Joe Belfiore, Build 2018
Based on these remarks there’s a very clear direction of travel – and it is easy to draw two conclusions here. The first is that Office 365 has been dethroned as the flagship offering for business productivity. From Microsoft’s perspective at least, it’s now Microsoft 365. The second is that Microsoft 365 will be the ultimate destination for organisations currently using Office 365 or Windows. There are, of course, dozens of compelling reasons to step up to Microsoft 365 from Office 365. These include the optimal performance of 365 in a Windows environment, a significantly improved ability to manage and secure applications, devices and data, a unified ecosystem and code, lower TCO through the consolidation of point solutions and the ability for reporting and analytics through Power BI and the Graph.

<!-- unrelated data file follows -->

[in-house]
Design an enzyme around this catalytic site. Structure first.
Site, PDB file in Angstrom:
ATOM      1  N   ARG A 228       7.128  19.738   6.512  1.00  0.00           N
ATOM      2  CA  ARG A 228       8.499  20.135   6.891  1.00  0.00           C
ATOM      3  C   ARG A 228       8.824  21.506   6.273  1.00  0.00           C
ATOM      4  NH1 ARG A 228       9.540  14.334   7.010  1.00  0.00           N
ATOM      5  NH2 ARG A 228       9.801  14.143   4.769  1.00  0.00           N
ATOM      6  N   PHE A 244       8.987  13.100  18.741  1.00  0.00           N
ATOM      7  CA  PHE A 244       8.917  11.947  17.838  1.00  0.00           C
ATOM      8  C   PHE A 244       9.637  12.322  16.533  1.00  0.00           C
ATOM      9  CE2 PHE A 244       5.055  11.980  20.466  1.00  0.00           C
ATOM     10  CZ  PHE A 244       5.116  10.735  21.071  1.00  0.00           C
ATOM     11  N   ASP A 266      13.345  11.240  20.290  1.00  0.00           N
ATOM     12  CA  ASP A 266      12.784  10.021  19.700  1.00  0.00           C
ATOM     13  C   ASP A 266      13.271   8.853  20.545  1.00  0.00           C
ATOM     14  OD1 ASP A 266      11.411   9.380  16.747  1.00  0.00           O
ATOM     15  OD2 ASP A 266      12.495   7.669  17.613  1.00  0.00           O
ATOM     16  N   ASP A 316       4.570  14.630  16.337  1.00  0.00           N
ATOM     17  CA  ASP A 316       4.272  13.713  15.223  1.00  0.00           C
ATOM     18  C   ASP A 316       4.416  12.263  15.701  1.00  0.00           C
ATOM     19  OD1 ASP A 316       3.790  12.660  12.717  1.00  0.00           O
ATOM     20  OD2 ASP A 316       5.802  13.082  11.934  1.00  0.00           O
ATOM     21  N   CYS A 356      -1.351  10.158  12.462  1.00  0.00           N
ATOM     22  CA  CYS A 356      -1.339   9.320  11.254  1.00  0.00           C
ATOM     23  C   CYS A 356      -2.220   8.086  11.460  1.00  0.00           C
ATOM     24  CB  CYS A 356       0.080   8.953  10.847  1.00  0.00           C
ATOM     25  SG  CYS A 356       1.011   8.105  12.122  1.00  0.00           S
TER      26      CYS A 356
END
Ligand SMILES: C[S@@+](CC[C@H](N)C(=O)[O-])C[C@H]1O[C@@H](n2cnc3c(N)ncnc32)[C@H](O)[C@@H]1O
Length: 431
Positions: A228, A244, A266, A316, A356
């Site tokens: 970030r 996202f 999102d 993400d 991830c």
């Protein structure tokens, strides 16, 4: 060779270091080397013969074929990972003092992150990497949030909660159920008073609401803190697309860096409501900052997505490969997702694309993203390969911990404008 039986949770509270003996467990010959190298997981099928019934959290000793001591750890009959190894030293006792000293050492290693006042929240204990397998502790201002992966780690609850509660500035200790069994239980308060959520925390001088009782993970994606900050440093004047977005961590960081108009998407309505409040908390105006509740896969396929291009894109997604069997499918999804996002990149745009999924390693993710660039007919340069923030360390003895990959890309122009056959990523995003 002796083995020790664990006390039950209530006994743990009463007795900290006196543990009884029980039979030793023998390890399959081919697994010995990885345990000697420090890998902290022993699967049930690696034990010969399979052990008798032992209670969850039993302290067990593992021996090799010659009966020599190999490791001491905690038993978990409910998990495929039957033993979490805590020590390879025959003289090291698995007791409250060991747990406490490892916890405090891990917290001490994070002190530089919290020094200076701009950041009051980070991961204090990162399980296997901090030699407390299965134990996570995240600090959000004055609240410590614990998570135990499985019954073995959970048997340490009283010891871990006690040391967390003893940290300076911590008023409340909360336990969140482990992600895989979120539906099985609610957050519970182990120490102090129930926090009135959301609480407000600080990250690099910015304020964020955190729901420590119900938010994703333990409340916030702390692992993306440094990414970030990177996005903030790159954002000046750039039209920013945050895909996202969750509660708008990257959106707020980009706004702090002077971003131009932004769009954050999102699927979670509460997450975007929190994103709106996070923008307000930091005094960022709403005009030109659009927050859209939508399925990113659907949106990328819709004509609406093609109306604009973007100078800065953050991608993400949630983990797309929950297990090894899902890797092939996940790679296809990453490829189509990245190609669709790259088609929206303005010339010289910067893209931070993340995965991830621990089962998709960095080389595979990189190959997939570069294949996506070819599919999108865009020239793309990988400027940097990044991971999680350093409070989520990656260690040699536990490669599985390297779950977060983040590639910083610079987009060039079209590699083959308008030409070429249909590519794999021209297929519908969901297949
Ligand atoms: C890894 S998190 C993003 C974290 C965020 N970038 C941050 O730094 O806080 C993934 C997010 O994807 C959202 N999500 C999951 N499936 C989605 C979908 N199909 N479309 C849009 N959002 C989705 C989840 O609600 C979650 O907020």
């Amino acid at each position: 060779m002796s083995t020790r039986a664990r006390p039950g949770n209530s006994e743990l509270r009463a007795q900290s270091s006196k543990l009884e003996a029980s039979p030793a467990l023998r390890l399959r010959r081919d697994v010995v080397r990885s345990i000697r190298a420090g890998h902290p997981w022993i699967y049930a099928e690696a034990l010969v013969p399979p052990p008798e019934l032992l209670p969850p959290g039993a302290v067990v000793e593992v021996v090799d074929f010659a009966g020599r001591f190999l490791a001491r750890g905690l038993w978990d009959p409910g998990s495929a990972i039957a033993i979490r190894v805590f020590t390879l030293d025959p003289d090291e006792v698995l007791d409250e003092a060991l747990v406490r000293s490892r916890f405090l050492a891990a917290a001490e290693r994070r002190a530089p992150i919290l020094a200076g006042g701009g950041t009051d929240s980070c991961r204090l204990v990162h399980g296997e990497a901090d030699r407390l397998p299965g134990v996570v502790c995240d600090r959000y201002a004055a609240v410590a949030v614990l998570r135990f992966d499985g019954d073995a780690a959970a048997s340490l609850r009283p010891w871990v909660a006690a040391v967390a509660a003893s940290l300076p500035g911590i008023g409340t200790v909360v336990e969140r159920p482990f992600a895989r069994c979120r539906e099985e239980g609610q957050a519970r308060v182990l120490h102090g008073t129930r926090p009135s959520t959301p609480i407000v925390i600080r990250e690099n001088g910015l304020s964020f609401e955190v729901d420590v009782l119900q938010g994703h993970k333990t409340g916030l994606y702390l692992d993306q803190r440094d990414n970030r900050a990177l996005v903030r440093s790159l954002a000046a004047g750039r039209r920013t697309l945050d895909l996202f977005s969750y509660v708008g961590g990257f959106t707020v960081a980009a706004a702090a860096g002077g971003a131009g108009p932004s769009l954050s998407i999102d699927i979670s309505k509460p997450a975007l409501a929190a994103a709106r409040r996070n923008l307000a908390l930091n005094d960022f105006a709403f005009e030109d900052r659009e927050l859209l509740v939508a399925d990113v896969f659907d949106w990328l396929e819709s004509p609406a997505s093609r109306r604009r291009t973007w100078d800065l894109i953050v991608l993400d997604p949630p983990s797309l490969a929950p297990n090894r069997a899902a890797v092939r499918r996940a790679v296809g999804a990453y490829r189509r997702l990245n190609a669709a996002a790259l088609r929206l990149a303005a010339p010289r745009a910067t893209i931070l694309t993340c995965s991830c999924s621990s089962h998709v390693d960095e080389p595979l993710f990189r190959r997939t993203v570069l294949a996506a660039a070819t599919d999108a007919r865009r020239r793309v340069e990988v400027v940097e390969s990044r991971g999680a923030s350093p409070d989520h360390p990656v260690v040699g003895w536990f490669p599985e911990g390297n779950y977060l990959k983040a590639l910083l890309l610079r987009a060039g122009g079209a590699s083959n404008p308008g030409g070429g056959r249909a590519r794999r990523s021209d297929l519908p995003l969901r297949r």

Yet nothing about these remarks suggest that Office 365, as we know it, may ultimately disappear completely at some point in the future, or be simply reduced to a constituent part of Microsoft 365. Today, we are currently in the middle of an amalgamation of Skype for Business and StaffHub into Microsoft Teams. But Office 365 into Microsoft 365? I certainly didn’t think very much about it at the time. As far as I was concerned, Office 365 and Microsoft 365 would continue to coexist and run parallel as they have done since Microsoft 365 was released back in 2017 even though it often generates confusion around the naming conventions. As far as I know, this is still 100% the case.